Over the past few years there has been a lot of fascinating work in molecular electronics. Because of the success of digital logic implemented in VLSI over the past several decades, molecular electronics researchers have focused most of their attention on implementing digital circuits using logic gates.
Early work included the identification of a molecular rectifier or diode, a device that allows electrical current to pass one way but not the other. Arranging diodes in a crossbar arrangement is a major step toward the implementation of complex logic circuits. Additional pieces required to make it practical include nanoscale wires, inverters, and amplifiers, and maybe a flip-flop.
Carbon nanotubes can have different chiralities, which give different electrical properties. Some chiralities give conduction so that the nanotube functions as a wire. Other chiralities give semiconductor behavior, introducing the possibility that a nanotube may be useful as a carbon transistor.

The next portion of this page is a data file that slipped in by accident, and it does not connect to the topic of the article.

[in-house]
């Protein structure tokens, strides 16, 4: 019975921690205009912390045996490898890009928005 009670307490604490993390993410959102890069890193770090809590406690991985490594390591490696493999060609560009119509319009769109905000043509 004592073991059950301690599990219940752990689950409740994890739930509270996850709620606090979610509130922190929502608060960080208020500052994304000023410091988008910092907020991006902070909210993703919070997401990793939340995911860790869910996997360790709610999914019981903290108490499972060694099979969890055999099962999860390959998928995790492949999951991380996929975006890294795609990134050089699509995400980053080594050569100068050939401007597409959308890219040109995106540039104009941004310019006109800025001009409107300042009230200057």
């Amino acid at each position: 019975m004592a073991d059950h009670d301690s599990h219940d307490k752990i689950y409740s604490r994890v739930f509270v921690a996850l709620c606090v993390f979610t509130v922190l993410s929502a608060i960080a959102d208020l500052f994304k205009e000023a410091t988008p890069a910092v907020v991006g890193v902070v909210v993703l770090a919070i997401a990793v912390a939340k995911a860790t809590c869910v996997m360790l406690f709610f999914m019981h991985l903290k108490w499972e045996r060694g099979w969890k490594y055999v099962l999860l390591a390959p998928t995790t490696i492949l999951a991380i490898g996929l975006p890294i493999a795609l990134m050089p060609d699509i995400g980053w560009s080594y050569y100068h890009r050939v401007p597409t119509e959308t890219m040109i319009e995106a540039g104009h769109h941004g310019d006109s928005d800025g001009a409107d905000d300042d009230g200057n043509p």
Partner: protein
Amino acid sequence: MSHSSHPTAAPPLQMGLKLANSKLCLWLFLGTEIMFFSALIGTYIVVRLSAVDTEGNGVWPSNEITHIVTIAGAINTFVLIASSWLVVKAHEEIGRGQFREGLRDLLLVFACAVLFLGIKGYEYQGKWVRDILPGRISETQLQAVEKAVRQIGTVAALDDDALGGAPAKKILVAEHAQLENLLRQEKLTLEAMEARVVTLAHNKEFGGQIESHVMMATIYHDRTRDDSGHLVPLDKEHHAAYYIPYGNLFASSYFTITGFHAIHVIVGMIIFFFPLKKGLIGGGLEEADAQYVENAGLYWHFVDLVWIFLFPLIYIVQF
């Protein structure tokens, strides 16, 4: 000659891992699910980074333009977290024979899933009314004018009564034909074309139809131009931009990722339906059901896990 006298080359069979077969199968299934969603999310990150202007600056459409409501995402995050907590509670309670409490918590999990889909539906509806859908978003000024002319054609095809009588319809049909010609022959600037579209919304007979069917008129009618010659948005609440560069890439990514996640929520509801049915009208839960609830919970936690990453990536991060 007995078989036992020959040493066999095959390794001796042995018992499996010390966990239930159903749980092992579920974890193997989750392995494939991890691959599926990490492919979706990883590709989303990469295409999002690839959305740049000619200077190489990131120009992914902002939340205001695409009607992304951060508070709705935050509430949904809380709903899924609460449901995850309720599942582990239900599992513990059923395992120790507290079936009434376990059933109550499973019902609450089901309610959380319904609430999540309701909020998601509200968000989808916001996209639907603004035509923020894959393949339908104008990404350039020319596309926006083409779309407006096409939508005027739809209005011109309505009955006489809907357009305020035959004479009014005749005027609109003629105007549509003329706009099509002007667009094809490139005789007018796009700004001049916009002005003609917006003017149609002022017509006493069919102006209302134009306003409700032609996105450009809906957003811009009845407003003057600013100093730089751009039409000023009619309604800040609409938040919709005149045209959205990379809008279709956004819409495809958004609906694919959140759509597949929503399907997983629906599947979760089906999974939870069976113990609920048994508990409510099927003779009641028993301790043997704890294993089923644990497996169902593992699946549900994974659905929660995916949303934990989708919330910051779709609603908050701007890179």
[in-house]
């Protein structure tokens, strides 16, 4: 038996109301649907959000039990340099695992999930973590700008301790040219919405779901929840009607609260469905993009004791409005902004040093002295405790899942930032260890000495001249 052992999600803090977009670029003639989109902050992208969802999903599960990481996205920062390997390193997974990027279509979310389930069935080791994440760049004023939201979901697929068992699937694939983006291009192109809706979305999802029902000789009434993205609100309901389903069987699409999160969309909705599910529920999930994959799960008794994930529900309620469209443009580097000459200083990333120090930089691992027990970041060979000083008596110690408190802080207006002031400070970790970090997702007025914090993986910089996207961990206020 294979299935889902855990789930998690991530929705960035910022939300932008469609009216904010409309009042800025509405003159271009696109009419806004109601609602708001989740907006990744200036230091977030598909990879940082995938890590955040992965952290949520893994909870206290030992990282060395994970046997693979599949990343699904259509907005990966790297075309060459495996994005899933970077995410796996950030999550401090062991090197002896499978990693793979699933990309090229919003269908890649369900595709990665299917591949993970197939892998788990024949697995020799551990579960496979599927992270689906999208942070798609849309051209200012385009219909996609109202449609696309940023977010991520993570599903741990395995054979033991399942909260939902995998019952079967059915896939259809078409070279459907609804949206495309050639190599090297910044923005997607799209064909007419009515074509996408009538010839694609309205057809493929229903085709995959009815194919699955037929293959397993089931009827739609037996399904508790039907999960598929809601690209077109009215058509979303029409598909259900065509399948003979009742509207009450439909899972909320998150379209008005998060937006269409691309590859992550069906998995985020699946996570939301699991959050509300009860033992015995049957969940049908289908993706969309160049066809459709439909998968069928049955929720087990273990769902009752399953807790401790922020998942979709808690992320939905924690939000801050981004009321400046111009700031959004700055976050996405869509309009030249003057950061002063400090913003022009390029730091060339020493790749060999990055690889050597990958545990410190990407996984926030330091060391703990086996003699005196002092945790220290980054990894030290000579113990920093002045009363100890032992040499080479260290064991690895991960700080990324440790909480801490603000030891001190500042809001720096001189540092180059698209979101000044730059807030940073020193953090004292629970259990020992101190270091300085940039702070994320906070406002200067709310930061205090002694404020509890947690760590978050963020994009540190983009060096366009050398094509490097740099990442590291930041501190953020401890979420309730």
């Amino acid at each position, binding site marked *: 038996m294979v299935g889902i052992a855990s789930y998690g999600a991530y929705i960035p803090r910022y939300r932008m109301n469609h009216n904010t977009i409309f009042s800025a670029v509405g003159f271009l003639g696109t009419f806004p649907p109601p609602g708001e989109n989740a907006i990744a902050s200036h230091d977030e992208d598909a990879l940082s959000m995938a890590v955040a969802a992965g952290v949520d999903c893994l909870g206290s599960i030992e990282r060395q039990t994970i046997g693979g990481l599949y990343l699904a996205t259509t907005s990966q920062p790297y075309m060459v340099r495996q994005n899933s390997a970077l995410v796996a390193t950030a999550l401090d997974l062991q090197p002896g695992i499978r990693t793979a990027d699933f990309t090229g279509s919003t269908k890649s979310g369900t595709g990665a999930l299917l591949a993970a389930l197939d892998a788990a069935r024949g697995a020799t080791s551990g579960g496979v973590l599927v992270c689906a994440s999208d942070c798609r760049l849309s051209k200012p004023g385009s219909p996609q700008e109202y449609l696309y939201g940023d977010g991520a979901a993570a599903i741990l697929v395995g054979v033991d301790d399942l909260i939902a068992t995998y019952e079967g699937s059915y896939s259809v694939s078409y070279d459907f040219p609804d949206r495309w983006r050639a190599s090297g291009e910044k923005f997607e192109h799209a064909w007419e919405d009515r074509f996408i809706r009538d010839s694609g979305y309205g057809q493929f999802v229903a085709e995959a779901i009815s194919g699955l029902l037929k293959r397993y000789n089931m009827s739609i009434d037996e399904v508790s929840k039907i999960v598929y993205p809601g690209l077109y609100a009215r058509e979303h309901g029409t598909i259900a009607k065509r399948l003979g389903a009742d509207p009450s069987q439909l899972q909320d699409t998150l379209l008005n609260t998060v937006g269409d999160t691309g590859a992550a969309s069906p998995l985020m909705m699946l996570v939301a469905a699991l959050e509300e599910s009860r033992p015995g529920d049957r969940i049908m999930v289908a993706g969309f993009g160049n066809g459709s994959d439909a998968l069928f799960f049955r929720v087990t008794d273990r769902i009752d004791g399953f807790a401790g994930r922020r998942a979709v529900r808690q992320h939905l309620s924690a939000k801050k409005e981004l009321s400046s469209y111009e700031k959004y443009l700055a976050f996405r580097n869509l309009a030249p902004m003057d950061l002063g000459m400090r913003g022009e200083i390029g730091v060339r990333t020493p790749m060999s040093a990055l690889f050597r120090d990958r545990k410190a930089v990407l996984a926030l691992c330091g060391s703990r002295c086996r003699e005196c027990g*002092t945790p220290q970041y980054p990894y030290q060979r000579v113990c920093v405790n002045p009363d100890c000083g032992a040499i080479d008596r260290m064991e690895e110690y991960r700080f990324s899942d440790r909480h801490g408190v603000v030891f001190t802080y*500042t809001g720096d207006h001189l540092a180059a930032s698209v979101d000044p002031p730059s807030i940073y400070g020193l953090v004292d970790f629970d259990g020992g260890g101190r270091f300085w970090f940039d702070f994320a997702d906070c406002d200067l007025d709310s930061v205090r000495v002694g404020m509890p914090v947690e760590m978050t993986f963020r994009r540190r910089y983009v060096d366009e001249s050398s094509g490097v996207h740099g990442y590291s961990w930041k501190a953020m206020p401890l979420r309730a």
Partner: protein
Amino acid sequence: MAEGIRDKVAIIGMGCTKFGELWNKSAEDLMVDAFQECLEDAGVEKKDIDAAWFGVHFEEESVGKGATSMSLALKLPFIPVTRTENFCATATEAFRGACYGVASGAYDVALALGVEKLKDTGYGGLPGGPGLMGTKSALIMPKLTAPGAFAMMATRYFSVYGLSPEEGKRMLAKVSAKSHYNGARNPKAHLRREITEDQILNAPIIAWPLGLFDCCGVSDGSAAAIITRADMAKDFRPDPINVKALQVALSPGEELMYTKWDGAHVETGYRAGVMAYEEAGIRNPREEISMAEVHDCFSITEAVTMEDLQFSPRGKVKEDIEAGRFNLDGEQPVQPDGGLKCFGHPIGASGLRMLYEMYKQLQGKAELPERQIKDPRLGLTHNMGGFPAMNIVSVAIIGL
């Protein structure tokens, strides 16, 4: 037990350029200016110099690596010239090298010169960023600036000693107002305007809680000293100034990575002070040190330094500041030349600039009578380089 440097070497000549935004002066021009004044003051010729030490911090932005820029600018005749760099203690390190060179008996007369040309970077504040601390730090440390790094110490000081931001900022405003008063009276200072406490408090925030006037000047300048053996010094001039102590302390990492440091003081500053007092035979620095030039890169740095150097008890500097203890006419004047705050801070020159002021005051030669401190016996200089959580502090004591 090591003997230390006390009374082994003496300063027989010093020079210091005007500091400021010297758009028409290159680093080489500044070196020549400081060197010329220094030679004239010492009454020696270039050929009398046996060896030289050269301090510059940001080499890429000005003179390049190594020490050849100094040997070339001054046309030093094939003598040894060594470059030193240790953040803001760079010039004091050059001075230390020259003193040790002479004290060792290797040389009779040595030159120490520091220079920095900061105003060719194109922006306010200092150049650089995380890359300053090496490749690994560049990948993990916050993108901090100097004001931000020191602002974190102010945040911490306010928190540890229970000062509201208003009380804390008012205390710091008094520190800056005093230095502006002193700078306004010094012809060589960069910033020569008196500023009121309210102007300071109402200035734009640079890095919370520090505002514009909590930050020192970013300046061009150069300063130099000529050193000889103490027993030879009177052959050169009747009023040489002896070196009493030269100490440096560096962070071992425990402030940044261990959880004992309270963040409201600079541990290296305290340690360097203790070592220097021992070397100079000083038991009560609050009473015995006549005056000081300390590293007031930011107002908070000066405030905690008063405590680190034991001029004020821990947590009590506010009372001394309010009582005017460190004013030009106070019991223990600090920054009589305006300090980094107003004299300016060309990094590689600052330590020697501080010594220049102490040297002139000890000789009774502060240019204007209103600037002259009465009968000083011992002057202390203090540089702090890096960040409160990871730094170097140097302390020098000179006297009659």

There was some very interesting work done by HP and UCLA in January 2002, basically a way to build a rectangular array of north-south and east-west wires, and connect them by fuses that could be selectively blown. That permits a lot of flexibility in wiring up circuits, which you need to do anything interesting. I haven't heard much more about the HP-UCLA work since 2002, though, and I wonder if they've hit some kind of stumbling block. Their work was based on rotaxanes and catenanes.
There is more to say on this topic, and it will merit another posting one of these days.